Mar 18, 2009 | 1
Earlier this week, the Templeton Foundation announced the 2009 winner of its $1.4 million Templeton Prize, French physicist and philosopher Bernard d’Espagnat. He is best known for his work to understand and test one of the strangest predictions of the theory of quantum mechanics: that particles are uncannily good players of The Newlywed Game. Pairs of them can give exactly the same responses to measurements conducted on them at the same time in isolated booths.
In the 1960s, physicist John Stewart Bell derived a set of mathematical inequalities that the responses would obey if the particles had some kind of a built-in cheat sheet. But d’Espagnat, Alain Aspect, and other experimenters found that particles violate these inequalities. Somehow the particles retain an intimate connection that transcends space. Physicists, even the most romantically inclined among them, have yet to fathom it.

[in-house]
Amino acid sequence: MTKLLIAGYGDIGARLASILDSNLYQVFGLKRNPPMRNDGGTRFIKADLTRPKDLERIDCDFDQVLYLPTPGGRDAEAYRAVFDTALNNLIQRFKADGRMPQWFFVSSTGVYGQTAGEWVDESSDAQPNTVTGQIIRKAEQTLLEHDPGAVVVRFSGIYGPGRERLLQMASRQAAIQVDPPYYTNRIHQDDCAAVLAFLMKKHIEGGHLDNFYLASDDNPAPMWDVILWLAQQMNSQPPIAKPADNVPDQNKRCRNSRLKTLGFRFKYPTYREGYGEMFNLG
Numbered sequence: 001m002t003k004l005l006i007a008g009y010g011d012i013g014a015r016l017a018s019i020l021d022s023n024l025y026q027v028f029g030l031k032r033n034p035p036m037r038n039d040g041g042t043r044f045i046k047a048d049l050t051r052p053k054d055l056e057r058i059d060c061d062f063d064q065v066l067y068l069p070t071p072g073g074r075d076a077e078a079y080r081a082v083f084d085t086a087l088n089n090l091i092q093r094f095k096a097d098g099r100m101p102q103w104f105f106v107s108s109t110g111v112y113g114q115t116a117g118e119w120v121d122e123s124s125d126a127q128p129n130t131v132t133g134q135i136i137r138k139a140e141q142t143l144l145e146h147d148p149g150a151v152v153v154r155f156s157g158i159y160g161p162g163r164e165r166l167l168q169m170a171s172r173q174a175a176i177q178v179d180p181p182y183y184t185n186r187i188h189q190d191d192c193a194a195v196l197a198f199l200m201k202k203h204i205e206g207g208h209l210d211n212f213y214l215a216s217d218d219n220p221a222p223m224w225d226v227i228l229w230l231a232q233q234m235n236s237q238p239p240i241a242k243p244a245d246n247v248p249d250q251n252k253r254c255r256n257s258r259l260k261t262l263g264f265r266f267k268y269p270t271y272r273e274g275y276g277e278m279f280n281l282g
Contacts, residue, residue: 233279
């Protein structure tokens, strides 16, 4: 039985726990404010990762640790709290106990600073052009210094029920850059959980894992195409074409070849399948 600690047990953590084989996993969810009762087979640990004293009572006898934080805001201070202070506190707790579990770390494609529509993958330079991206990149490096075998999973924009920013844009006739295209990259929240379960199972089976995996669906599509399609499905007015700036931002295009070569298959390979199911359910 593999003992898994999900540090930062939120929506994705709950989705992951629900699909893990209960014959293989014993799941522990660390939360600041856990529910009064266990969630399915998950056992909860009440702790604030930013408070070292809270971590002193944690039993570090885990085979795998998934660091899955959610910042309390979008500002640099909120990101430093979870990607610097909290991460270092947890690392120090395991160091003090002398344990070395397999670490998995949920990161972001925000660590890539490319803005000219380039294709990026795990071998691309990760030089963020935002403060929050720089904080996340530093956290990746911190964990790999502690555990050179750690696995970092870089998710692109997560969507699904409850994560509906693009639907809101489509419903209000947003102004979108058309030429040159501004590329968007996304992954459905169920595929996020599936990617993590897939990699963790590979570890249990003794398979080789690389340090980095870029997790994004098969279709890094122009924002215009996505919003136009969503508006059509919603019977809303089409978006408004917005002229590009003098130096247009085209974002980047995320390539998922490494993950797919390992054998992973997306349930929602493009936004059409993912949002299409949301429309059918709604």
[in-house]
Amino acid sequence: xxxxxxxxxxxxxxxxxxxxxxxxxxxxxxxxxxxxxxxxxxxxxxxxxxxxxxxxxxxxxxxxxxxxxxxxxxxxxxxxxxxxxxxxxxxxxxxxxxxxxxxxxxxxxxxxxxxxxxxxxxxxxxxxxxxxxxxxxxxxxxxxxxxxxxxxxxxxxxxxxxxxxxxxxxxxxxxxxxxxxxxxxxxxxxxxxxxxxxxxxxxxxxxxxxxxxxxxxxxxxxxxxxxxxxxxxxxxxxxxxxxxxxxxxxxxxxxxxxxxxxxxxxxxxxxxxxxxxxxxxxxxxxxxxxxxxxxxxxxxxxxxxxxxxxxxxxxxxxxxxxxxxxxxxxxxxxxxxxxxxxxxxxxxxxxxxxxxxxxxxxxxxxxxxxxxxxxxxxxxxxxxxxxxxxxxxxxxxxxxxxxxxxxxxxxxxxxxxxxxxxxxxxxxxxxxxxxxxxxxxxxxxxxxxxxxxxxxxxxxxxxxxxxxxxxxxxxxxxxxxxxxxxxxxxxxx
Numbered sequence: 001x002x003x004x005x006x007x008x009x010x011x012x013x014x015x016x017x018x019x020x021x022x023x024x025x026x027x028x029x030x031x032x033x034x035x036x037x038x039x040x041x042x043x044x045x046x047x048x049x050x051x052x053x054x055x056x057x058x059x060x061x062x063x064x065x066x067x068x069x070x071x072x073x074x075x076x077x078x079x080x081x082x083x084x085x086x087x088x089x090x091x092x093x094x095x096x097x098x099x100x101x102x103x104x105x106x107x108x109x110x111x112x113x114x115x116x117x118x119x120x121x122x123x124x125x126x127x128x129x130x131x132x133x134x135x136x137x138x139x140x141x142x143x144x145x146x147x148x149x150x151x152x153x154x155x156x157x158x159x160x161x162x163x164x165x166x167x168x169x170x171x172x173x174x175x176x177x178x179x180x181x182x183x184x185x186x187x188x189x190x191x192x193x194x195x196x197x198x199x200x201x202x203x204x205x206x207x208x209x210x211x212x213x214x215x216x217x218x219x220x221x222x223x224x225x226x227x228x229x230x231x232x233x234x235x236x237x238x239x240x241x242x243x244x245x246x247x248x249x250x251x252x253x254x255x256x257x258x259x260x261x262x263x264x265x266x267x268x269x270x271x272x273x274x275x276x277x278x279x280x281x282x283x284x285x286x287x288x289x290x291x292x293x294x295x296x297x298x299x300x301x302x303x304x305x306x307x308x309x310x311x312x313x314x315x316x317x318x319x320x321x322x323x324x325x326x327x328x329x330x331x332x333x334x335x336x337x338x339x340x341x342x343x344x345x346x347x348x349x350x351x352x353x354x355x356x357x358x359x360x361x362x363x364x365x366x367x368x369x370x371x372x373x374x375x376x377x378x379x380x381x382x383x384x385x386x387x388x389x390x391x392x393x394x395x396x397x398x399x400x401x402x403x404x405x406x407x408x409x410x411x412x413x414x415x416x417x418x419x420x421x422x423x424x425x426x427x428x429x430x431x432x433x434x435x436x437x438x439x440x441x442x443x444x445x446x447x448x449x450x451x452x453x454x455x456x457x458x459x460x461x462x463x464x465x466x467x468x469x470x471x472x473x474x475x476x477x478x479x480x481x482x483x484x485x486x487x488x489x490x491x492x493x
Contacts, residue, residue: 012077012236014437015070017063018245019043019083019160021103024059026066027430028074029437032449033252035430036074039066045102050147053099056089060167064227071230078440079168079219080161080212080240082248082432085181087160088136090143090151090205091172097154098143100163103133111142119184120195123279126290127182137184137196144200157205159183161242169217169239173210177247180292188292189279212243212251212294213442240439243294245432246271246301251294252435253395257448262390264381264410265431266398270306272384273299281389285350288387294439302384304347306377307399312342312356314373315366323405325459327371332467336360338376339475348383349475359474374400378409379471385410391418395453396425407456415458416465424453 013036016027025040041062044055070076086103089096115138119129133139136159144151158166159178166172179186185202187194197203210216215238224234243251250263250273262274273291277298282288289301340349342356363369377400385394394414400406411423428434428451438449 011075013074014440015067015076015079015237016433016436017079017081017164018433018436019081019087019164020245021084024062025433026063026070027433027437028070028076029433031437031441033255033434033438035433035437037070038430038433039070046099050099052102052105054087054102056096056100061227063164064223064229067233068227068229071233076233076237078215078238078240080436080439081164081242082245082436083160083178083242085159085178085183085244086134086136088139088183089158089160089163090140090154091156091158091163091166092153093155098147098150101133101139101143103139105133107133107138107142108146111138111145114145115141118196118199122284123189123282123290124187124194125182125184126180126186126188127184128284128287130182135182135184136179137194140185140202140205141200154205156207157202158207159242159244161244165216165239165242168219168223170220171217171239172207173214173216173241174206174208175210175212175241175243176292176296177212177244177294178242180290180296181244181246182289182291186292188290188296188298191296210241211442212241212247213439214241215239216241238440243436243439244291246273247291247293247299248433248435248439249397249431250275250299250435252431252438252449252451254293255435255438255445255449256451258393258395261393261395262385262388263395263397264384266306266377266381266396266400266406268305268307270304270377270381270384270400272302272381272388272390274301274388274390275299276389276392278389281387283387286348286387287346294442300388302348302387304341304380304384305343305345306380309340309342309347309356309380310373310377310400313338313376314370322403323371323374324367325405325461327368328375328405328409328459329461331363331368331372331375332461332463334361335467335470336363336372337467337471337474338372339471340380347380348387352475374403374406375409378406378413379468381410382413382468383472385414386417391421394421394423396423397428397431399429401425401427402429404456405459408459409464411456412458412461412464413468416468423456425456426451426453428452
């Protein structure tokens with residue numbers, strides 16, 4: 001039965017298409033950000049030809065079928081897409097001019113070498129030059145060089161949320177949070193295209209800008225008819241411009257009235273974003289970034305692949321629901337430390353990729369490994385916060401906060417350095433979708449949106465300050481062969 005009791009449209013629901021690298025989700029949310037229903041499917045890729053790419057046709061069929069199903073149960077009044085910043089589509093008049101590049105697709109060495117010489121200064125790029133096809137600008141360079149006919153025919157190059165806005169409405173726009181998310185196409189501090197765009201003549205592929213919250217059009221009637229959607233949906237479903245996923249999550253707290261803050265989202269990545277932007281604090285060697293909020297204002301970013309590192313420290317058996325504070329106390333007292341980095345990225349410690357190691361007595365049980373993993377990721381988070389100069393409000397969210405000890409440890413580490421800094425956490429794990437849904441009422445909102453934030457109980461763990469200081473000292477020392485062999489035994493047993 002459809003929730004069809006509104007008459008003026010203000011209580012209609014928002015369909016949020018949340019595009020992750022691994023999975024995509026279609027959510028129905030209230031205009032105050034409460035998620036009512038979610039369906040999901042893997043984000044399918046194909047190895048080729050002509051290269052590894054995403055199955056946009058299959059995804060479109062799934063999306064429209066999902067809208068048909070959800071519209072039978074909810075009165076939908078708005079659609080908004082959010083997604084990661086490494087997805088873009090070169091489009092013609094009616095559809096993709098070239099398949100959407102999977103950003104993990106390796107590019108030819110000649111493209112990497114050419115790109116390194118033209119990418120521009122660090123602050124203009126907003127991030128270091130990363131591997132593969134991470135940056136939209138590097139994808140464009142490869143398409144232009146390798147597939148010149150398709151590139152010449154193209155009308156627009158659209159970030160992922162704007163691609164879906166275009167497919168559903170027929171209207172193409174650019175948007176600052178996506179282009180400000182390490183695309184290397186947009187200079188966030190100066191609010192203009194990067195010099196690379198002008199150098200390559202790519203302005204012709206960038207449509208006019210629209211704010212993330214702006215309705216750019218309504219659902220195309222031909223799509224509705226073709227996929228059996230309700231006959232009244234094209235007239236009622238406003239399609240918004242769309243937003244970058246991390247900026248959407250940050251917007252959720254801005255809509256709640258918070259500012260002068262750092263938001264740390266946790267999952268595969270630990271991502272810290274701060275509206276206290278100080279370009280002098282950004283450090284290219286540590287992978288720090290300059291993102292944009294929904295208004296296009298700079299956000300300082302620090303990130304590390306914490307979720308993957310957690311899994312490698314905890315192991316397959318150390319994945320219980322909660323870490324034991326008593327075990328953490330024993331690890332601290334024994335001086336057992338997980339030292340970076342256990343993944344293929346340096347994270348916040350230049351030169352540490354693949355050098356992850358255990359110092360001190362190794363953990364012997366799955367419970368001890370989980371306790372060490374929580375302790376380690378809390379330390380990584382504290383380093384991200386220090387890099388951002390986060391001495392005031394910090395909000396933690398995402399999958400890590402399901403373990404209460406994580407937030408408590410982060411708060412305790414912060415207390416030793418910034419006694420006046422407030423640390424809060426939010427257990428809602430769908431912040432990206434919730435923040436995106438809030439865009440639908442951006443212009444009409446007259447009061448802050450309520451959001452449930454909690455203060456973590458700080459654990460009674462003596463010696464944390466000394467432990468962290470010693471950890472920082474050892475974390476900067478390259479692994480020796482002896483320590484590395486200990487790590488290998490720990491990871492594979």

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The Dow Chemical Company is the leading producer of polyalkylene glycols (PAGs) used in synthetic fluids and lubricants where petroleum,
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Conventional washing machines cause excessive damage and wrinkling to clothes primarily during the water removal step. With the introduc
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